Over the past few weeks, the question of whether to bring students back to campus for the fall has made headlines and dominated discussions among campus leaders. While many graduate and adult-serving programs have decided to go fully remote, others are aiming to teach students on campus, with online contingency plans close at hand.
In my conversations with individuals from both groups, graduate leaders are eager to understand how the transition to remote coursework might impact enrollment plans. EAB’s Adult Learner Recruitment team recently conducted a series of surveys of adult learners and graduate enrollment leaders that sheds light on this topic.
Below are three survey insights that help explain how students and enrollment leaders are thinking about online and remote instruction during the pandemic.
1. Three quarters of adult learners are open to online courses during COVID-19
When we asked prospective adult learners about how remote instruction might impact their plans to enroll, 73% were open to it. That group included the 32% of all respondents who said that remote delivery would have no impact on their decision, the 27% who said that online classes had always been their preference, the 14% who said they were undecided.
While it’s reassuring to know that most students are open to online options during COVID-19, this finding isn’t surprising—it’s completely consistent with recent trends in the master’s market, where all enrollment growth has been in online and hybrid programs.
Recommendation: While most adult learners we surveyed were open to online instruction, a full quarter indicated that they did not want to pursue a degree online. If your institution is shifting to online instruction because of the pandemic, be prepared to manage increased turbulence in your prospect pool. By deploying brief prospective student surveys, you can gain valuable insight into your enrollment funnel health and your students’ plans and concerns.
2. Older adult learners are more open to online course delivery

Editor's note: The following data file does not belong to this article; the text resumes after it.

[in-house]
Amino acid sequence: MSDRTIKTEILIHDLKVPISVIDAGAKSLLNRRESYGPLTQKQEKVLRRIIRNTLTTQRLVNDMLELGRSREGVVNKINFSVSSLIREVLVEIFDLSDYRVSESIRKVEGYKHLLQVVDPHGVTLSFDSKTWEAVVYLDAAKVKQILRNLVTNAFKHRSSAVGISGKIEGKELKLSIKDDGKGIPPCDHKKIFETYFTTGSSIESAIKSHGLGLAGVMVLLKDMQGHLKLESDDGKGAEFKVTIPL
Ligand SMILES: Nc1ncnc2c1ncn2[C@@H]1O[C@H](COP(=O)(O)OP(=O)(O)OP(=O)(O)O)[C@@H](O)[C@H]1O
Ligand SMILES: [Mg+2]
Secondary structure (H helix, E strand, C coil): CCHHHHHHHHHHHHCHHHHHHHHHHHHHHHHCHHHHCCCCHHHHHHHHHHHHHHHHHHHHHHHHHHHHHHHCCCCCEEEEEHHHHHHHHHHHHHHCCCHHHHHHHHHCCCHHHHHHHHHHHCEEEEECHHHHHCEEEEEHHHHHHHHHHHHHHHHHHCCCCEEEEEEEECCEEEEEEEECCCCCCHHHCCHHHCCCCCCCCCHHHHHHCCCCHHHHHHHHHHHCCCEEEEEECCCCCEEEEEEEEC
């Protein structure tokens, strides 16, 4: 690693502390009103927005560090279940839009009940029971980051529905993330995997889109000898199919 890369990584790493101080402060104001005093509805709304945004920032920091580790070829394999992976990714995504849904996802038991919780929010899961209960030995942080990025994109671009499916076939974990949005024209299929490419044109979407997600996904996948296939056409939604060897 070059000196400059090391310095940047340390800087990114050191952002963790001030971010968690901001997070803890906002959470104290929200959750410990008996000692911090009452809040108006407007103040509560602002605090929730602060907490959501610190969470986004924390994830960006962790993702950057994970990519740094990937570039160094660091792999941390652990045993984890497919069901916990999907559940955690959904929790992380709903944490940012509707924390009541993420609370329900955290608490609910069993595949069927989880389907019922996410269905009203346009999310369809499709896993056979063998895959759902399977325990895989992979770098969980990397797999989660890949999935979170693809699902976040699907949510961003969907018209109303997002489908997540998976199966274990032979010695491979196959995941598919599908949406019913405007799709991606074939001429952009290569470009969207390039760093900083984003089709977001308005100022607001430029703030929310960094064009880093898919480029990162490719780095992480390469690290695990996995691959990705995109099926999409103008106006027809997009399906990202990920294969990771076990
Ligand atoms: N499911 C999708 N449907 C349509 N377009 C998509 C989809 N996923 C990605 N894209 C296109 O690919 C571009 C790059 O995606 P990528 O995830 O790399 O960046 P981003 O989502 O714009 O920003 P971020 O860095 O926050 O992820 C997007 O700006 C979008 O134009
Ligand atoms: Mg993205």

In our research, we also explored which types of students were most resistant to online education during COVID-19, and we found that openness to online options highly correlates with student age. Many assume that younger students, as a generation who grew up with the internet, might be most amenable to switching to fully virtual coursework. However, we found the opposite is true: older students were more open to online courses. And younger students were more likely to say that they did not want to take a degree online.
This finding is consistent with data from our winter 2020 adult learner survey, which showed that older adult learners were more likely to view online options as essential to their ability to obtain a degree. Since older adult learners are more likely to have childcare obligations and established careers, they tend to prefer flexible options that allow them to work around their existing professional and personal obligations.
In our survey research, we’ve also consistently found that younger adult learners, on the other hand, place much more value on campus experience. For that reason, younger adult learners will be more likely to question the value of whether remote coursework truly offers the same value as an in-person experience.
Recommendation: Be sure to tailor your marketing to students’ preferences. To appeal to younger adult learners, marketing should highlight the value offered through your degree and address concerns about lack of on-campus support services. Now more than ever, messaging about return on education is essential to engage and recruit younger adult learners. For older adult learners, marketing should highlight the flexibility and potential for school-life balance that online options offer.
3. The majority of enrollment leaders plan to expand fully online graduate courses and programs
In addition to surveying students, this spring we also collected feedback from graduate program leaders about how the pandemic would influence their enrollment strategies. As of April 2020, most leaders said that they would plan to offer more fully online options due to the pandemic. While online programs have been a major driver of adult learner enrollment growth for years, it’s notable that many leaders are doubling down here because of the pandemic.
However, as our findings about student perceptions illustrate, online options will not appeal to a large segment of students. And as institutions develop plans for new online courses and programs, they’ll need carefully assess which programs would be most successful online.
Recommendation: When considering which programs and courses to take online, prioritize high-enrollment courses and building blocks for full degree programs. Enrollment leaders should also consider competitive intelligence, historical enrollment, and revenue performance. In addition, be sure to develop a comprehensive, prioritized course and program migration plan that can guide allocation of instructional design resources.
Each institution needs a graduate enrollment strategy that addresses both the on-campus context and the pandemic’s impact on the region. These insights can arm you with more data as you navigate a turbulent environment.
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